Commonomics: Developing a Post Yakub Economcy (2009) 166 (8x11) pages, 36 illustrations/tables
"Commonomics" is common sense economics needed for personal group survival and righteous "success". The "World of Yakub" has fallen. It has both a physical and a spiritual side which produced the two-headed economic monster of modern day capitalism and so-called communism.
"Commonomics" is the conceptual model and analytical tool that will allow almost anyone to understand how economies work and how well the economy is working. This book is broken into four major parts: "The World of Yakub", "Commonomics", "The Cooperative Movement" and "To Move or not to Move".
The book moves from the explanation of the present to models for the future including specific business models that fit the new culture of "Freedom, Justice and Equality" which the Honorable Elijah Muhammad brought to us.
The book also presents the modern DNA research that pinpoints the arrival of the White race exactly where "Yakub's History" indicates.
The Science and Business of Farming vs. The Art and Hobby of Gardening (2010) 264 (8x11) pages, 122 illustrations/tables
At our 2009 Saviours’ Day Convention held in Chicago, Minister Farrakhan announced his desire for the Nation of Islam to obtain 2 million acres of farmland. A friend of mine made a little joke which got my attention. She said that a group of believers from Atlanta were discussing the Minister’s plans and said, “Who is going to farm that 2 million acres of land? Oh, Dr. Ridgely, all by himself.” Ha, Ha, that ain’t funny (smile). I have a hard enough time farming 1600 acres of land, much less 2 million. This book was written to help grow some new farmers.
I estimate that we would conservatively need about 500 good farm managers and 10,000 skilled workers to successfully utilize 2 million acres of farmland. Of course these are just estimates. But even to make such estimates requires a lot of understanding of the science and business of farming, which is a lion’s step away from the art and hobby of gardening. So now I must begin to teach the science and business of farming to those of us who have made the first step into gardening.
Think of a farmer as “Superman” and the rest of the world as “kryptonite”. There is something called the “parity ratio”, which at its present level indicates that every time a farmer has to buy some goods or service from someone else he loses. He loses because when he goes to the market to sell his product he does not get a price that reflects the time, effort, capital and risk that he must employ to produce that commodity. In other words the exchange rate between what the farmer offers the market and what he has to pay for inputs for production is not fair.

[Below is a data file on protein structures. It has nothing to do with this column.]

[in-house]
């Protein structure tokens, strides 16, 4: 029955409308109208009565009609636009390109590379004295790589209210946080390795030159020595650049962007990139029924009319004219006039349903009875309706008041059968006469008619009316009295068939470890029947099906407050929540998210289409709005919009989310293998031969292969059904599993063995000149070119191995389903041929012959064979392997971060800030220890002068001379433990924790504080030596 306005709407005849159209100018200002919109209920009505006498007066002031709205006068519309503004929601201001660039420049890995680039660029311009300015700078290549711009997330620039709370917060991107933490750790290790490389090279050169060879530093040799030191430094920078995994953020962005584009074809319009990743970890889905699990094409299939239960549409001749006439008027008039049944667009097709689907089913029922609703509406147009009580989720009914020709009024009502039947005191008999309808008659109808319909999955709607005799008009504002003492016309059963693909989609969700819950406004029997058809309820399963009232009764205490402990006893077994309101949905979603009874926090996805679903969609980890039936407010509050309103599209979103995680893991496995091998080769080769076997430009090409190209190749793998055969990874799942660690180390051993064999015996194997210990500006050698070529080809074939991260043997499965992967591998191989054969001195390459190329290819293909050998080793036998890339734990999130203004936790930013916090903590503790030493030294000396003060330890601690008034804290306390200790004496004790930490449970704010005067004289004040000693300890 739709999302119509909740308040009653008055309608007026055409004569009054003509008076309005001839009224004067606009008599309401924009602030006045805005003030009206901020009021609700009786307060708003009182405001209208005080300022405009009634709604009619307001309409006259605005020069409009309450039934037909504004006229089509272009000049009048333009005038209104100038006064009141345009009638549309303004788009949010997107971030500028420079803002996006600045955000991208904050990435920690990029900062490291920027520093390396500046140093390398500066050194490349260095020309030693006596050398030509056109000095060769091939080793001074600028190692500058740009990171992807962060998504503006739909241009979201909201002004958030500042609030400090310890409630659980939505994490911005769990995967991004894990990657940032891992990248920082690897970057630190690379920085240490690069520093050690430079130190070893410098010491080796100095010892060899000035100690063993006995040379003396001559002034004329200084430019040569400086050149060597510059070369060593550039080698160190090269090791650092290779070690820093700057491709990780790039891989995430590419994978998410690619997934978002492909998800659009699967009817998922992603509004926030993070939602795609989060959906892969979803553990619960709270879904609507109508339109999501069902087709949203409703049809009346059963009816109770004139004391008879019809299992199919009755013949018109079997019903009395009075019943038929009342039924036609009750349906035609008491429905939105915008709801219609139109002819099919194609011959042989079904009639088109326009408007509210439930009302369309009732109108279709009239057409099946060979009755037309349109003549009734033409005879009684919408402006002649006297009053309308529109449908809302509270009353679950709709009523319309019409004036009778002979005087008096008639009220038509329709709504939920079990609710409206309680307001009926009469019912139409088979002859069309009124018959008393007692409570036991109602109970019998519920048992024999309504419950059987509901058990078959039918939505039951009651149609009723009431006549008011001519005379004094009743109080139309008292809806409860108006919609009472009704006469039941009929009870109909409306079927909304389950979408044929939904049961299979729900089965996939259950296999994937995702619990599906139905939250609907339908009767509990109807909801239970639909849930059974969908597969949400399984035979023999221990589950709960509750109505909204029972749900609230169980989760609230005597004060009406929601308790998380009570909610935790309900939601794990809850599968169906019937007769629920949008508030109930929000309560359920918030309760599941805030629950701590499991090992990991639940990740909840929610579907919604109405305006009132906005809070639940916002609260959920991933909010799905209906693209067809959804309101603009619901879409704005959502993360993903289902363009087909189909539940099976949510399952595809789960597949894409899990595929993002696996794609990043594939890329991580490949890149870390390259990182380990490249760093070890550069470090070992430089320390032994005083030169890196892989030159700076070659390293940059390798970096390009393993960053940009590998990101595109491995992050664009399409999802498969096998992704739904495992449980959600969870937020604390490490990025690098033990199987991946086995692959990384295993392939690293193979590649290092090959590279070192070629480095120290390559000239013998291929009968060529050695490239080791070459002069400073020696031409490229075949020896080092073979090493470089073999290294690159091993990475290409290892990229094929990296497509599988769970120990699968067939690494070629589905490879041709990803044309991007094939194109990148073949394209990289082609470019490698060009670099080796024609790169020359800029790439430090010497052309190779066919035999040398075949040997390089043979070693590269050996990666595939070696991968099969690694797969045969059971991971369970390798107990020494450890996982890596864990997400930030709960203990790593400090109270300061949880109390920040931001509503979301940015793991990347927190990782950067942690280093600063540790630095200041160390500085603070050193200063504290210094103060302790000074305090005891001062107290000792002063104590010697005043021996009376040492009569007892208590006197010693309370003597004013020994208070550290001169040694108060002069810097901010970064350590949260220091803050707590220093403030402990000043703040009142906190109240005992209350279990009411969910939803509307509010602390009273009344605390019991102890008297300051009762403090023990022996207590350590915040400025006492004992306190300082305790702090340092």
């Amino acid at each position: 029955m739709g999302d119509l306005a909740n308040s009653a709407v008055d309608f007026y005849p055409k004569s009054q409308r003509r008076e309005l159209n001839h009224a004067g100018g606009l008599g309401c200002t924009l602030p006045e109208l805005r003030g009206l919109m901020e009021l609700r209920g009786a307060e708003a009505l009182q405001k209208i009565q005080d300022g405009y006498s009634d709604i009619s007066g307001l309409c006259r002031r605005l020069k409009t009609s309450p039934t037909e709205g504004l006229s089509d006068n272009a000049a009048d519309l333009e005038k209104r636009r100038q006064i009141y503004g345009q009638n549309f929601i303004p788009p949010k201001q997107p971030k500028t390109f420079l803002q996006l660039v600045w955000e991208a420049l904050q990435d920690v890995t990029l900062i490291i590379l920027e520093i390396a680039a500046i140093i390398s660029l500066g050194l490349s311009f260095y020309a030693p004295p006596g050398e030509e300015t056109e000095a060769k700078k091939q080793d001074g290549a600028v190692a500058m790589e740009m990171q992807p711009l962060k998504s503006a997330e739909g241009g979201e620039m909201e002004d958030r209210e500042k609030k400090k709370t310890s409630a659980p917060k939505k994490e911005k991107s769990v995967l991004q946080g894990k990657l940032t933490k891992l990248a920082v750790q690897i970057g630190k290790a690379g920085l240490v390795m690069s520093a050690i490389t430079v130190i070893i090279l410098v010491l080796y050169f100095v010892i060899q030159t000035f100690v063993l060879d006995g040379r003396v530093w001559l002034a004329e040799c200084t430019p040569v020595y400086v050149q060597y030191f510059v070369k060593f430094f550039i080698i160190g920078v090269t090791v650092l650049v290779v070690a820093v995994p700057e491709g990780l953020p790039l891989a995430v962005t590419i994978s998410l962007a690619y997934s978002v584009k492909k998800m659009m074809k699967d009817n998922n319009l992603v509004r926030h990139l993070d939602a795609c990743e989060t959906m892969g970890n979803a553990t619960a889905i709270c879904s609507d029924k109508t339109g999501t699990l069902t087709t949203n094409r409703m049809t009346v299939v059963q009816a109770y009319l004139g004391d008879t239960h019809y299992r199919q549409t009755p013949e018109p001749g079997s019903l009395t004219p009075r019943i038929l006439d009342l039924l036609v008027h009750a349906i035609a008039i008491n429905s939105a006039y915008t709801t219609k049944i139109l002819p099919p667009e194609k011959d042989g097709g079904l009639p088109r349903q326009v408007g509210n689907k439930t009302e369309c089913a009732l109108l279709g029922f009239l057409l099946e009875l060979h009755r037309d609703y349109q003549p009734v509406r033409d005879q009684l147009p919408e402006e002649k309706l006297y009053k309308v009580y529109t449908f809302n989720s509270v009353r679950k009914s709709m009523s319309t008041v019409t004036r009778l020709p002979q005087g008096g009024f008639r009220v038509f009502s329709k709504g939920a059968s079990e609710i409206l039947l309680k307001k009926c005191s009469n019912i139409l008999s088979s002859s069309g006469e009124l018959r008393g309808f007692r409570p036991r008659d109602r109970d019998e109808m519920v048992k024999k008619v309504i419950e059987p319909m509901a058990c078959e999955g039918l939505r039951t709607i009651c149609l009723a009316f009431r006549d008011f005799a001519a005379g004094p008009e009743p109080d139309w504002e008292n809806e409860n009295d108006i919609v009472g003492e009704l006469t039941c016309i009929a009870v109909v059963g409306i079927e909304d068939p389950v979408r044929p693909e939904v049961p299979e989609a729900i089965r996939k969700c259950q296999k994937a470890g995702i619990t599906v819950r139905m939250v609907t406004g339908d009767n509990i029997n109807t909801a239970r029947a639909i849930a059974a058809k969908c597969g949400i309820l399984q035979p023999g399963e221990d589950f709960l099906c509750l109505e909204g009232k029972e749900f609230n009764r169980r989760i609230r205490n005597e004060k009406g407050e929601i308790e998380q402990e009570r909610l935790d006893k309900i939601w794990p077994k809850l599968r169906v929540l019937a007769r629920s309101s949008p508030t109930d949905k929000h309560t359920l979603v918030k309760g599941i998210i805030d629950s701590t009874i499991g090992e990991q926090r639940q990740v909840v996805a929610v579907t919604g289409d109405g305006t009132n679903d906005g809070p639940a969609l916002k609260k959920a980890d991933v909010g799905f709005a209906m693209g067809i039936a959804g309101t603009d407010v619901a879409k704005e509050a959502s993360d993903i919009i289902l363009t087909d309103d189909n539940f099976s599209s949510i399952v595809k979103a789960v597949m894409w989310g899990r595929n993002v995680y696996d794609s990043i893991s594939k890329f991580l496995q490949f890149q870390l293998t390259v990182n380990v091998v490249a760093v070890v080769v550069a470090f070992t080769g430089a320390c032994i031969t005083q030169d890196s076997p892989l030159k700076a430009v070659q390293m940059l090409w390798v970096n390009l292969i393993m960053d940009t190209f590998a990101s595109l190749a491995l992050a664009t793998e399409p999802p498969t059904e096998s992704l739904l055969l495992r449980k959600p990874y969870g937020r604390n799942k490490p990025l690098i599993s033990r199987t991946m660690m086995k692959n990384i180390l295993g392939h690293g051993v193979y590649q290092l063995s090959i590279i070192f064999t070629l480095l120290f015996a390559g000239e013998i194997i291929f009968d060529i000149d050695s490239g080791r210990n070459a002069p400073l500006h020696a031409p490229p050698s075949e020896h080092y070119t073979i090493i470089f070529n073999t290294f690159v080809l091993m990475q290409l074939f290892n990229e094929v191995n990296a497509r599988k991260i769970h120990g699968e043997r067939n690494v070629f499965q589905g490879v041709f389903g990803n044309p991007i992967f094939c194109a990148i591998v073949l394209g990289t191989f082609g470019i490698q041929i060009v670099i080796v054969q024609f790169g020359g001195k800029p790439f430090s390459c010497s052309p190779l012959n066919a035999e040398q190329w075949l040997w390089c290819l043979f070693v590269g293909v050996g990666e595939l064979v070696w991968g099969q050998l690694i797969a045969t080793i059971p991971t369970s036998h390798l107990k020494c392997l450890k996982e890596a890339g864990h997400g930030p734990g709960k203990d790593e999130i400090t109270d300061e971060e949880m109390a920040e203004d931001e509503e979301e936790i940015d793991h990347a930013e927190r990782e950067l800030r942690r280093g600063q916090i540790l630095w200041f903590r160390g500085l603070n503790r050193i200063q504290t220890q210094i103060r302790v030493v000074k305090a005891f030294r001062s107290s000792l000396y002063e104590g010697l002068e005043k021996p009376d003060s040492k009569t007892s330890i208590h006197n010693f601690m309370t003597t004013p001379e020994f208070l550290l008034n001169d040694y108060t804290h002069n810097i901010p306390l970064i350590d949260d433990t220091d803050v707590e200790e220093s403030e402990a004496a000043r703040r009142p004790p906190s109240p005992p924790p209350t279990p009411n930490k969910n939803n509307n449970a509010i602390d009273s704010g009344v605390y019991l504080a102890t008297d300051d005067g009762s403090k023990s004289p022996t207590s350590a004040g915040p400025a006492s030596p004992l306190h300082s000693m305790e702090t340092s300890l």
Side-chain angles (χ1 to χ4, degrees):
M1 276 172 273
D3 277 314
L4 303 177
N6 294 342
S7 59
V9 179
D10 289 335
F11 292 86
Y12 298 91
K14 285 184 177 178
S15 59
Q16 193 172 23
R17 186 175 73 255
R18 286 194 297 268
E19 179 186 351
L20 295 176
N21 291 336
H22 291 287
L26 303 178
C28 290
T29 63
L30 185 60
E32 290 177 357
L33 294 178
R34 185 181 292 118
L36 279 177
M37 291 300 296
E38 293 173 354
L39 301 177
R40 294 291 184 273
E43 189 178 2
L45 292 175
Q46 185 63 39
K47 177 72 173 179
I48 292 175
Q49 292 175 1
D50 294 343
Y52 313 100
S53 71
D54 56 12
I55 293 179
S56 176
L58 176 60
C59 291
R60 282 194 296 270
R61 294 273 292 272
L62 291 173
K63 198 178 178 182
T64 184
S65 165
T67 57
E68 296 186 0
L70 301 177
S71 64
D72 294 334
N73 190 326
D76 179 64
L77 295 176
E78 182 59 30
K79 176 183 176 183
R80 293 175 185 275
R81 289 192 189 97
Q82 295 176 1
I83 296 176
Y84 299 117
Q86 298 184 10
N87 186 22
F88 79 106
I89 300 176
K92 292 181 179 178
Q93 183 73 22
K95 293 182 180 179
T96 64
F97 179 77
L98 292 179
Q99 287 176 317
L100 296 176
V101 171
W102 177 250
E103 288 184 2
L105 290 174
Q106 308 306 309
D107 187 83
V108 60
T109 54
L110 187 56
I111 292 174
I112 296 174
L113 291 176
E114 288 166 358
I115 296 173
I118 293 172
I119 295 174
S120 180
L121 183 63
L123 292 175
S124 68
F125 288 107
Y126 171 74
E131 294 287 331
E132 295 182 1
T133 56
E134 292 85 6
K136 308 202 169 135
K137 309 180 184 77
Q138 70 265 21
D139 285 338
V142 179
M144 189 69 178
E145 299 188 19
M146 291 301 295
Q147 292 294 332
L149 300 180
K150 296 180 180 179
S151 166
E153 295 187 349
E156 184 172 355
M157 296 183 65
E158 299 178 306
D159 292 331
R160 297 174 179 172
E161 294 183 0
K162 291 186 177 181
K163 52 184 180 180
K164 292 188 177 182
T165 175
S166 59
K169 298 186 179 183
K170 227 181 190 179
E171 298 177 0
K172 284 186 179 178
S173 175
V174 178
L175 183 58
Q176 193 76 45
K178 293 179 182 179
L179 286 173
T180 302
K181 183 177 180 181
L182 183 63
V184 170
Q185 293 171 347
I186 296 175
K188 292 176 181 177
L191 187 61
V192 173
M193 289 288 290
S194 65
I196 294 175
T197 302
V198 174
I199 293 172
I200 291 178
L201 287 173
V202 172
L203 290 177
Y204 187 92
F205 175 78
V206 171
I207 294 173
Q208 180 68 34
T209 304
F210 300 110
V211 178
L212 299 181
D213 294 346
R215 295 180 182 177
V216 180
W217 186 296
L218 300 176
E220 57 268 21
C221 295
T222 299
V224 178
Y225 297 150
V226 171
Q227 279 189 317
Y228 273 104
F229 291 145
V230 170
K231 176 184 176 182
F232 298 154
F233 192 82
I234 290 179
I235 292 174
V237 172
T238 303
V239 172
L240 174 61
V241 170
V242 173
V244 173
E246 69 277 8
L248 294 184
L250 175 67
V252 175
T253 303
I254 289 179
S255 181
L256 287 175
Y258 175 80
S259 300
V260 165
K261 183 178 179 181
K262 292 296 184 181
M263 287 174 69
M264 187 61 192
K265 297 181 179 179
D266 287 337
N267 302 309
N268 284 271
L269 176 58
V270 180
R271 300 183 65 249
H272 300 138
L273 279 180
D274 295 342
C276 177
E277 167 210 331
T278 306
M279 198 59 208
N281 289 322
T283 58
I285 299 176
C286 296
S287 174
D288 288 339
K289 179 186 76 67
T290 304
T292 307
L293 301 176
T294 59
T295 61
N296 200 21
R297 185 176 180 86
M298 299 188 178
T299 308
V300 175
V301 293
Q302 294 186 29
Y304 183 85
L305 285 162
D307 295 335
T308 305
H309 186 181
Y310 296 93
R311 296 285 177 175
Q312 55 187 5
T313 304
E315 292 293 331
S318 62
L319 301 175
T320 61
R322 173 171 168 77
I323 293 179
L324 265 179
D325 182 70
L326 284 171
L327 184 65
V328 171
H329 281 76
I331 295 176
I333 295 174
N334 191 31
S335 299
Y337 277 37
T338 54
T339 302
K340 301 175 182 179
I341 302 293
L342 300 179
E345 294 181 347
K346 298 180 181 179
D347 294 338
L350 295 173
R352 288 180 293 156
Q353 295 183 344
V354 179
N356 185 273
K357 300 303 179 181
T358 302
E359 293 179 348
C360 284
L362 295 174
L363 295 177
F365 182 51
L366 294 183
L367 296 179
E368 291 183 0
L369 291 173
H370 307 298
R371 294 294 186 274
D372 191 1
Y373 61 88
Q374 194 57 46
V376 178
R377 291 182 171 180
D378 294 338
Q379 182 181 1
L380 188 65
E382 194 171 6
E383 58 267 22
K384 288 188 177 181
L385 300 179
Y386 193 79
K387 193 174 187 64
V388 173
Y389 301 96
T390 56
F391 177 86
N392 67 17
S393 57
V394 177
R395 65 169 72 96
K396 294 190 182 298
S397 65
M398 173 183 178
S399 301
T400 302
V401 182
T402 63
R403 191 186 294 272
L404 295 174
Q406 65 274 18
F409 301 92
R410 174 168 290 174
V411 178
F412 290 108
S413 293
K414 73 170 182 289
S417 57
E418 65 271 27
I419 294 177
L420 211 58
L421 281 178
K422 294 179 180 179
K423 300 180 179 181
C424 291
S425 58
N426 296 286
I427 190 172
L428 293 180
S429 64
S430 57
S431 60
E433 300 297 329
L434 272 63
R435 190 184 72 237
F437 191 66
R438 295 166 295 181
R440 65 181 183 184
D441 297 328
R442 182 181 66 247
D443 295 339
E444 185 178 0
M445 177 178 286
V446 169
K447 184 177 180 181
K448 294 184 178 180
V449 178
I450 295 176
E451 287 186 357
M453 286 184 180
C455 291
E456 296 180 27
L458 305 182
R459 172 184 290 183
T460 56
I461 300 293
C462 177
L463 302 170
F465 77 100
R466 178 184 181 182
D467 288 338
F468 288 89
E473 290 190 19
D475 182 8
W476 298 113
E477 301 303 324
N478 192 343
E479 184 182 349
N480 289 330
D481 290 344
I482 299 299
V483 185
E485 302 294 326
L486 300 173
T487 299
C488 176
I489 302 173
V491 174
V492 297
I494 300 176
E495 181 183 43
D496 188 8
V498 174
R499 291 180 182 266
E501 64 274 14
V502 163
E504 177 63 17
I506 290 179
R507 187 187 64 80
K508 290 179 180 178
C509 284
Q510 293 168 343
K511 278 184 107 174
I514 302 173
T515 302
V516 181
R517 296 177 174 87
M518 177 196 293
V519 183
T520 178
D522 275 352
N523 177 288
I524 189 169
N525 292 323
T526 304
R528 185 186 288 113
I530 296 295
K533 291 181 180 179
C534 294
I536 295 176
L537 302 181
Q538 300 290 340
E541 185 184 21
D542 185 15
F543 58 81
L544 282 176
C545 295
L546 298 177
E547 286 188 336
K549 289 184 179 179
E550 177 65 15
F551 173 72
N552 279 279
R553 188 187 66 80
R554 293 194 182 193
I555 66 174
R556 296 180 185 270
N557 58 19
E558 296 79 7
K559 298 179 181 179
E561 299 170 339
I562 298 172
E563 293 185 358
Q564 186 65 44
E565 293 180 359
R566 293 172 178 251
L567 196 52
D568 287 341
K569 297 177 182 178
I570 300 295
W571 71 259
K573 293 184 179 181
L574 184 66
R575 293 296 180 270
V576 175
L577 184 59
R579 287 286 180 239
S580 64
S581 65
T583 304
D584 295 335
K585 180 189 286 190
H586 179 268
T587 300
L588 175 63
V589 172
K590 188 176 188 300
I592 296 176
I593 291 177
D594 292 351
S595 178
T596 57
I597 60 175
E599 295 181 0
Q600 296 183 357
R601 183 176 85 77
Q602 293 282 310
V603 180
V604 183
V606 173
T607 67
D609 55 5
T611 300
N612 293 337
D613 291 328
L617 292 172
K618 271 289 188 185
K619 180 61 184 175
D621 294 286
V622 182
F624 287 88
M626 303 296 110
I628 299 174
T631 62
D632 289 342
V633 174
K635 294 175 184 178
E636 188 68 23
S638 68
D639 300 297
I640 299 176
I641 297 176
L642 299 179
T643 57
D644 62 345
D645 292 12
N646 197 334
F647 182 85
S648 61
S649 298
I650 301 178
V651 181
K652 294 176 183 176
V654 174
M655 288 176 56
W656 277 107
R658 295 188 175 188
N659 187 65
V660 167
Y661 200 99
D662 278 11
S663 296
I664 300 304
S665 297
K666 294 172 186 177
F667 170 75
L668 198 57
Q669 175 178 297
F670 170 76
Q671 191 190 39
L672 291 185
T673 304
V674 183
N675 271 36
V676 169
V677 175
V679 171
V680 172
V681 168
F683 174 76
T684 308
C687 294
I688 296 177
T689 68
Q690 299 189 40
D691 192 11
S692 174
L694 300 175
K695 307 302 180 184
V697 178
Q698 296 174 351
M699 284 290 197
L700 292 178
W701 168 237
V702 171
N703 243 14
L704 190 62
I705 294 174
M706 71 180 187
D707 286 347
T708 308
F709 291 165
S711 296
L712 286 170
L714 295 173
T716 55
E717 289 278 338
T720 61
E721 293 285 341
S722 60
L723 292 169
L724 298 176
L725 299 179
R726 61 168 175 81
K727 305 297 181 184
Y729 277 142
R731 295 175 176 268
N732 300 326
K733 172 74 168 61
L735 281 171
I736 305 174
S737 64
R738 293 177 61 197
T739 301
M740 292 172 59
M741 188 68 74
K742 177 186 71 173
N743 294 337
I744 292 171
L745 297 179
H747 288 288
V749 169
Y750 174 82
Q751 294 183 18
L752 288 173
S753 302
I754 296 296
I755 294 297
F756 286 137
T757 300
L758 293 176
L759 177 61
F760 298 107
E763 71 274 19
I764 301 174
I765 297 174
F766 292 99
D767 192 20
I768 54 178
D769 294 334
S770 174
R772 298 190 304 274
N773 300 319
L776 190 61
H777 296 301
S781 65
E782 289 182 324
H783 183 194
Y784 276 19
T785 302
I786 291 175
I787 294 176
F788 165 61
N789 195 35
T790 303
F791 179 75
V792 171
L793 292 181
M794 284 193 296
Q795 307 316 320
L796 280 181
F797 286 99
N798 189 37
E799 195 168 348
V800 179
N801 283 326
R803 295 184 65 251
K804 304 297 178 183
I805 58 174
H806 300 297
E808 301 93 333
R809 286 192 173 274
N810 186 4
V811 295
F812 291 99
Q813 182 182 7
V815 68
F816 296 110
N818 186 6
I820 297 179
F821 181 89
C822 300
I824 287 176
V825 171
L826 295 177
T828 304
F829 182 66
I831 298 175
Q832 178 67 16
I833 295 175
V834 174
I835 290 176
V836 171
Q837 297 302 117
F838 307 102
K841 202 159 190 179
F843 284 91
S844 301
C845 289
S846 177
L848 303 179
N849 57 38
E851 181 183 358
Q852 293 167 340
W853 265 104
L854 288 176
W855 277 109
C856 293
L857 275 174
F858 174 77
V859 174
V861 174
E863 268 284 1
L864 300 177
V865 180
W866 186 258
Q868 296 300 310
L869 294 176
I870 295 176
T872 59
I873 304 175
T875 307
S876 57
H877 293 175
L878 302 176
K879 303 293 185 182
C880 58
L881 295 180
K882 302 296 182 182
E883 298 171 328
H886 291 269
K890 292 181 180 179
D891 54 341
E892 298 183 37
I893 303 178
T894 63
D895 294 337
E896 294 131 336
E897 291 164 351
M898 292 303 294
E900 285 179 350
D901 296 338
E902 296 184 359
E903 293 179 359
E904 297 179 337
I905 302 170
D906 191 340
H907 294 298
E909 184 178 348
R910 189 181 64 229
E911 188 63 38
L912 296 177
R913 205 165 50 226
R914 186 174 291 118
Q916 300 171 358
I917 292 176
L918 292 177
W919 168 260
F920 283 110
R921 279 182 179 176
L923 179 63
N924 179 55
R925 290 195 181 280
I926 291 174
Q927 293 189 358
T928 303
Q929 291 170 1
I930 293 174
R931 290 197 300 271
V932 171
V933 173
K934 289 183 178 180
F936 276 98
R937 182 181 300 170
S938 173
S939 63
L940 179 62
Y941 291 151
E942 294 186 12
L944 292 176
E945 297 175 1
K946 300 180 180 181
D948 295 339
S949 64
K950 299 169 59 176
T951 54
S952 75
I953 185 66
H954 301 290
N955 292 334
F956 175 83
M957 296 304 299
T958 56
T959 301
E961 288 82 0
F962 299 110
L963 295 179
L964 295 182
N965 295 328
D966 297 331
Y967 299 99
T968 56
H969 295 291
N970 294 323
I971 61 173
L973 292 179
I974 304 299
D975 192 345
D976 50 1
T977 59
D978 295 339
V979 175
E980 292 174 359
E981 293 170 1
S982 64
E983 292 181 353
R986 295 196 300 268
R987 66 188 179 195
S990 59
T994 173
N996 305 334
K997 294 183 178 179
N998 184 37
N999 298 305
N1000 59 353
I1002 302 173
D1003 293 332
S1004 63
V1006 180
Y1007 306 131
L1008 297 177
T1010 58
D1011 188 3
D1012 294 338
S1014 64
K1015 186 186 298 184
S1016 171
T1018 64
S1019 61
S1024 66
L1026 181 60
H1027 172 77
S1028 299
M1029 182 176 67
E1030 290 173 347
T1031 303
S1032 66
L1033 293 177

In this book we discuss different aspects of farm management and what we have found about how good managers think and operate. The farm manager not only manages but farms as well. There is a difference. Gardening can help you understand the basic nature of the production process; however, in this book we show you the equipment that you need to farm and how to utilize that equipment when producing different crops.
You also need to understand that not all farms are the same. Most farms are highly specialized. The USDA has classified farms under broad categories of cash grain, field crop, vegetable and melon, fruit and tree nut, nursery and greenhouse, dairy, poultry and egg, and cattle/hog/sheep. So your first decision is to determine what type of farm are you going to set up?
A farm is more than just some land. It is a system which includes the infrastructure, buildings and equipment necessary to carry on the operations done on that land. When we purchased our 1600 acre “farm” in Georgia, there was no equipment or repair shop, just open land filled with large weeds. We decided to set up a farming operation growing cash grains and vegetable/melons. So in this book we use our farm in Georgia as a model to demonstrate what a farmer must know about decision making, production, marketing and finance.